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What is Service Desk Software? Analysis of Benefits, Features and Pricing

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What is service desk software?

Service desk software or IT service desk is a broad term for systems with single point of contact that handles service requests and incidents relating to IT and other business processes. Service desk software allows businesses to automate and streamline the process of dealing with large volumes of customer queries. It also promotes personal customer engagement rather than offer mechanical responses.

ITIL v3, the generally accepted principles on how IT is aligned with business goals, consider service desk as one of the four pillars of IT management, the other three being: technical management, application management and IT operations management. It is a strategic component to meeting the growing needs of customers, primarily ensuring that product matches customer expectations. Beyond providing support, service desk nurtures long-term communication with customers ensuring that the product is problem-free or up for an upgrade or update.

Customer experience, in which support is key, tops the most important digital marketing strategies in a report by Econsultancy.

In this guide we’ll go beyond answering the question, “What is service desk software?” and explain in details the following key points:

  1. Examples of Service Desk Software
  2. Benefits of Service Desk Software
  3. Types of Service Desk Software
  4. Features of Service Desk Software
  5. Buying Factors to Consider
  6. Pricing of Service Desk Software
  7. Potential Issues
  8. Latest Trends

Difference of Service Desk Software vs. Help Desk

Help desk and service desk software are often interchanged but they are not exactly synonymous. There are plenty of overlapping functions, such as, ticket management, SLA, self-service portal and automated routing and notifications, but the overall I.T. approach is different.

Help desk focuses on fixing issues and is more oriented towards short-term goals. For example, a workstation PC breaks; help desk will aim to fix it. On the other hand, service desk focuses on the long-term goal and, in fact, helps with the company’s I.T. strategies. In our example, a service desk may run regular diagnostics on the workstation PC, as on the company’s other I.T. assets, to prevent breakdowns or anticipate the need to upgrade of change the asset.

The two also differ in their definition of customer service. A help desk waits for problems to arise, a customer ticket being submitted, for example; while a service desk may provide regular product updates and notifications to customers as part of an SLA. In the latter, the aim is long-term, to ensure smooth customer experience throughout the product’s lifespan.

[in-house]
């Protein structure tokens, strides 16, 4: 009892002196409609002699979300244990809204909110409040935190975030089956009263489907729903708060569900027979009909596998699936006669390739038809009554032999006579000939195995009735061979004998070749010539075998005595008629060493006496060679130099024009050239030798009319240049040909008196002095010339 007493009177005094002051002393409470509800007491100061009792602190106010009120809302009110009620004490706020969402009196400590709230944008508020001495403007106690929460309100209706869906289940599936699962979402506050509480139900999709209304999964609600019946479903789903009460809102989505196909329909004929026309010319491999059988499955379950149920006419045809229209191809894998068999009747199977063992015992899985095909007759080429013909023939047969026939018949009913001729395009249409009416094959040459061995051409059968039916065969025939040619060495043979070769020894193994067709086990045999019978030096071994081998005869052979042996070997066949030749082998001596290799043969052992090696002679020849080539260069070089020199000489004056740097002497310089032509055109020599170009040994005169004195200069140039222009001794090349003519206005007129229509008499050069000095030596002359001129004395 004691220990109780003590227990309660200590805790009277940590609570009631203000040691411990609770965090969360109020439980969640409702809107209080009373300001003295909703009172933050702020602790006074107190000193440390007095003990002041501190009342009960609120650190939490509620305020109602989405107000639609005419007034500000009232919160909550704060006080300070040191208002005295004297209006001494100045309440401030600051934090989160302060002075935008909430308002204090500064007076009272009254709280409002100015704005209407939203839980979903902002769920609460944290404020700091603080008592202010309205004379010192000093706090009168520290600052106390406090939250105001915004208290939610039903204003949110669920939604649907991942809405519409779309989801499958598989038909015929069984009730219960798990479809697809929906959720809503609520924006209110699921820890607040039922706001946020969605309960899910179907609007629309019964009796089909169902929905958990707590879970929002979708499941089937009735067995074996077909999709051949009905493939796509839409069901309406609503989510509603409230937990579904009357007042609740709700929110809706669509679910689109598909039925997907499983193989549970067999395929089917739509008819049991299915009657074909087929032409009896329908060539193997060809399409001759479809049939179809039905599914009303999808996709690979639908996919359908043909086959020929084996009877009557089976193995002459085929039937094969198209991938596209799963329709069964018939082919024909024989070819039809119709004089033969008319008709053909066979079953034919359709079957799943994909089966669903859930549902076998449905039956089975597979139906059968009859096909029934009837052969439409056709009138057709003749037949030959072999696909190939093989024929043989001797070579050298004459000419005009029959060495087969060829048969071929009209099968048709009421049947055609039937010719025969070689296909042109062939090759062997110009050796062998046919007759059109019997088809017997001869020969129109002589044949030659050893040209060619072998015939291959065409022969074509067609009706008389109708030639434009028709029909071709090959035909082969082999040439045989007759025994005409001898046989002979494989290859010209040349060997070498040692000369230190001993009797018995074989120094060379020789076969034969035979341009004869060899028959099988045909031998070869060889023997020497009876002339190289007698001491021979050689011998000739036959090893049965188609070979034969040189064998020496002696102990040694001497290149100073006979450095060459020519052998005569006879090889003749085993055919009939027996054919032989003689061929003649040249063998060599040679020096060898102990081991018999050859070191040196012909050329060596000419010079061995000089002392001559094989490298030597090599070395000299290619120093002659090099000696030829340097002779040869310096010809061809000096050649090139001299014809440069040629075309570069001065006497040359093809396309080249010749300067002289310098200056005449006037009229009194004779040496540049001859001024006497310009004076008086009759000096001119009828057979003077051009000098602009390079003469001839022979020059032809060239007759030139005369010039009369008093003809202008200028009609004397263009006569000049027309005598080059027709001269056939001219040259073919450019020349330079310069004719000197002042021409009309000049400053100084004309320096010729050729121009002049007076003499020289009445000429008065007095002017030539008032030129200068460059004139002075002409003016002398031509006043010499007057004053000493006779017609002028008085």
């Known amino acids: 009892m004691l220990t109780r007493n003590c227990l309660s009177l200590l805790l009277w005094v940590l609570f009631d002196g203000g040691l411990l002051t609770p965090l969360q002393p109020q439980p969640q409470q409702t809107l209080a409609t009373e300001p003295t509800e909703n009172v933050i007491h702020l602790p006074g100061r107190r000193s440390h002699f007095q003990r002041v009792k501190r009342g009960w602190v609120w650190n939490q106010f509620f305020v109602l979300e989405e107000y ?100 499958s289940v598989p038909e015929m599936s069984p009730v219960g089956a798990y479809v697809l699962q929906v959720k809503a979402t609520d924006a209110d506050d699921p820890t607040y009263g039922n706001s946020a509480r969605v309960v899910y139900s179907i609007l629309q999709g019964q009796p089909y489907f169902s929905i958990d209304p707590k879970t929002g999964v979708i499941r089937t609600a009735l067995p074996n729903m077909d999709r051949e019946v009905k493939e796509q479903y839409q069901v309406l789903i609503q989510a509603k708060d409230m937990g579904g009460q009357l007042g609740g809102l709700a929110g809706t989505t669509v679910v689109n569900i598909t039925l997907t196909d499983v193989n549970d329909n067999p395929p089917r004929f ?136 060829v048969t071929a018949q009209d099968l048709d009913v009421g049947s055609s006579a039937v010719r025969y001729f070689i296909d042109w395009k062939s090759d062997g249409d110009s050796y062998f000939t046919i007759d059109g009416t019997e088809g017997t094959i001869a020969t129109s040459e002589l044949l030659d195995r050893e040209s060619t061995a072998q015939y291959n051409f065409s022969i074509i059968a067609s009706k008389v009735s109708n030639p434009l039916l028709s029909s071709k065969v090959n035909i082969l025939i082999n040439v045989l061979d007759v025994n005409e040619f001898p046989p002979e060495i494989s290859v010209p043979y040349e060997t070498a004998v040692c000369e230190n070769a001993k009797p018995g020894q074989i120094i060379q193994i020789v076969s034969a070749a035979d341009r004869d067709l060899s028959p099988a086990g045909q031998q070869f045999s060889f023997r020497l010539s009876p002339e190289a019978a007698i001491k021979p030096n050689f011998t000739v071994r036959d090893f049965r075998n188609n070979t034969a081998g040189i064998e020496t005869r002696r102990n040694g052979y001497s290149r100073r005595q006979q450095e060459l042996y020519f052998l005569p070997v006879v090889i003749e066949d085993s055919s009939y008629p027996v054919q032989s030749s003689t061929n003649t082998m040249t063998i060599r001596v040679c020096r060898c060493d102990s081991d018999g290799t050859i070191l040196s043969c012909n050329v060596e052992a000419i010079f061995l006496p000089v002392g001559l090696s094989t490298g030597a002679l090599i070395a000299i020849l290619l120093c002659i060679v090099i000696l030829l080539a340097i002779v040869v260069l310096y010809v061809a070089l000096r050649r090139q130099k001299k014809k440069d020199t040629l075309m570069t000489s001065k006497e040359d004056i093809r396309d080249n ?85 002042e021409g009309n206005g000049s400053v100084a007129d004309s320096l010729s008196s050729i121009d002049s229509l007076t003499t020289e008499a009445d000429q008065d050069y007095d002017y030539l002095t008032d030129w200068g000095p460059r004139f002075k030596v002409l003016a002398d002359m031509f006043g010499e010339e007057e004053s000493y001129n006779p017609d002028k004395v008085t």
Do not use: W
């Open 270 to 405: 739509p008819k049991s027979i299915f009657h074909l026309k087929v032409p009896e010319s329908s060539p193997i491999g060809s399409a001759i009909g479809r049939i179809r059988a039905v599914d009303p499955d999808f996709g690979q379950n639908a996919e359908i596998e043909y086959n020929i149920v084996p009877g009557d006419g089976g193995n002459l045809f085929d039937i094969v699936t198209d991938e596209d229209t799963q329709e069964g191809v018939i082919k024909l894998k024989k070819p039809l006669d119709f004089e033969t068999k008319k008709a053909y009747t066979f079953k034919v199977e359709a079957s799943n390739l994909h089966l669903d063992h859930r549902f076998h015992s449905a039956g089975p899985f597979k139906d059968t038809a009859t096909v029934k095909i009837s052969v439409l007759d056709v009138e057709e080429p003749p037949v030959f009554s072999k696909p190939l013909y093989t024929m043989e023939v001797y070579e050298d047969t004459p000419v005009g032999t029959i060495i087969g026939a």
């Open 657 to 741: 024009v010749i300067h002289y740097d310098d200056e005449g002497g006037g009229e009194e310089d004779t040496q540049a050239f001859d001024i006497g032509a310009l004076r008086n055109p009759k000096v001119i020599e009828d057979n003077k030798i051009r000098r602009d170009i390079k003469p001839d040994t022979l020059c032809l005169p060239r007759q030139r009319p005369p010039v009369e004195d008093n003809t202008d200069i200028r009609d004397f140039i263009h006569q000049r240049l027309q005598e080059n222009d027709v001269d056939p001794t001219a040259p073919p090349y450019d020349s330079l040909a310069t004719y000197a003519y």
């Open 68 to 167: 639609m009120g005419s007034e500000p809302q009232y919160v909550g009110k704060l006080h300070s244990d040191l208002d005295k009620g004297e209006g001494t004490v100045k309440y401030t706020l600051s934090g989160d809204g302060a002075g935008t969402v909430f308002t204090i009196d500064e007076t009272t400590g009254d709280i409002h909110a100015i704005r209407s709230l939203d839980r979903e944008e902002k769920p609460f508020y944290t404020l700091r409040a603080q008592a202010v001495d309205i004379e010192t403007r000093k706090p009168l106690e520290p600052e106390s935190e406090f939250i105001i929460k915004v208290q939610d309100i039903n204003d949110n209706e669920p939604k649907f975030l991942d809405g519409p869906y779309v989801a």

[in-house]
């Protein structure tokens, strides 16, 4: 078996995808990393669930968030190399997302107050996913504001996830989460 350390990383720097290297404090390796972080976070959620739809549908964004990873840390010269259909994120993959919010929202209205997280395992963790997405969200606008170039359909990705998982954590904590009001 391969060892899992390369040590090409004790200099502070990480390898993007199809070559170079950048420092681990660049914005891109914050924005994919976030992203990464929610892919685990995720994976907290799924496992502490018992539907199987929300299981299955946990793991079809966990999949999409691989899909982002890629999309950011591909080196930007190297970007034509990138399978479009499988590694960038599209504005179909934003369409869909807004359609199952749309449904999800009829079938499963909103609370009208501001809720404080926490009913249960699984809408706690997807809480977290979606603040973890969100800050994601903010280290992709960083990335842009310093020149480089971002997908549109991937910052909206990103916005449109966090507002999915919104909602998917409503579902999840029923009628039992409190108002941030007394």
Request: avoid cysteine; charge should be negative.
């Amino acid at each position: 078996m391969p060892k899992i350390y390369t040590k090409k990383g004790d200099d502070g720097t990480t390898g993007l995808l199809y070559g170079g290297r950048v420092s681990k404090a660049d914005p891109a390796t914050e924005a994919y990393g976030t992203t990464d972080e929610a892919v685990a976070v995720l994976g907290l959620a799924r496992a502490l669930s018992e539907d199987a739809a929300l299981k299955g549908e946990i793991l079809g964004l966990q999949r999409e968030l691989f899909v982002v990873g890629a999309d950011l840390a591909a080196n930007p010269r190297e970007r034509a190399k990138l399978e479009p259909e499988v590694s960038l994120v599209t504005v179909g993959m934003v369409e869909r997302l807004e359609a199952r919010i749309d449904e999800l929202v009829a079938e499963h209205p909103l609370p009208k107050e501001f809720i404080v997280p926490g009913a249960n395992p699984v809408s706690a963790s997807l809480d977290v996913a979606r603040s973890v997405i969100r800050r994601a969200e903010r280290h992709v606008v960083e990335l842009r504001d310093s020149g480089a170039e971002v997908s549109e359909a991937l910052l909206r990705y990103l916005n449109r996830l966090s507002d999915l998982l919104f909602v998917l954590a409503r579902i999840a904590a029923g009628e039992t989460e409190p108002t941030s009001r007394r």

You can say that service desk has a help desk component, but not the other way around.

Samanage dashboard gives you an overview of your service desk key metrics.

Examples of Service Desk Software

Service desk software comes in various plans and terms. To get you up to speed with the market landscape, here are examples of service desk software that are popular in the niche.

  1. Samanage. A fully featured IT service desk and asset management software that lets you build best practices and share knowledge on incident management. Aside from tickets, it manages contracts, licenses, SLAs and asset configurations. You can track your assets’ entire lifecycle with this software, including its components. Likewise, it is designed with intuitive visualization reports that help you digest insights from service desk.
  2. Freshservice. A popular ITIL-compliant service desk solution with plug-and-play simplicity and intuitive interface. Its main features include incident management, self-service portal, service catalog, mobile app and advanced reporting. It also handles standard service requests for change, release and problem issues. Likewise, the software can handle multiple SLA policies and can be customized based on agent role.
  3. ManageEngine ServiceDesk. An integrated help desk and asset management platform that offers multiple support channels, so your customers and employees can easily reach out to you. The system follows ITSM workflows with rich customization options. It also features mobile support for iOS and Android devices.
  4. SysAid. A highly scalable solution with a help desk core functionality. An asset management module can be added to the platform, making SysAid a true service desk. Key features include remote asset management, self-service portal, knowledge base management and patch management.
  5. bpm’online service. An omnichannel service desk with editions for small business and enterprise. The solution is part of the vendor’s business process management suite that provides you with a single comprehensive environment for cases, requests and workflows. Key features include 360-degree customer view, case management and contact center.

Benefits of Service Desk Software

Why use service desk software? Simply put, what is service desk software but increasing your business efficiency and boosting profits in the process. Specifically, here are the main benefits:

  1. Bridge IT and business. Technical breakdowns, glitches and gaps disrupt business and your ability to make profits. These problems are often preventable had there been close communication between IT and your business units. Service desk addresses this issue by  helping you raise, assign, track and resolve tickets. Moreover, an SLA management lets you prioritize urgent issues and set deadlines or escalation rules to ensure the problem is expertly resolved. Less urgent problems can be diverted to a self-service portal, where users help themselves find the solution via smart search filtering. Through automation, service desk also ensures routine processes and tasks are met, so IT and business are closely integrated.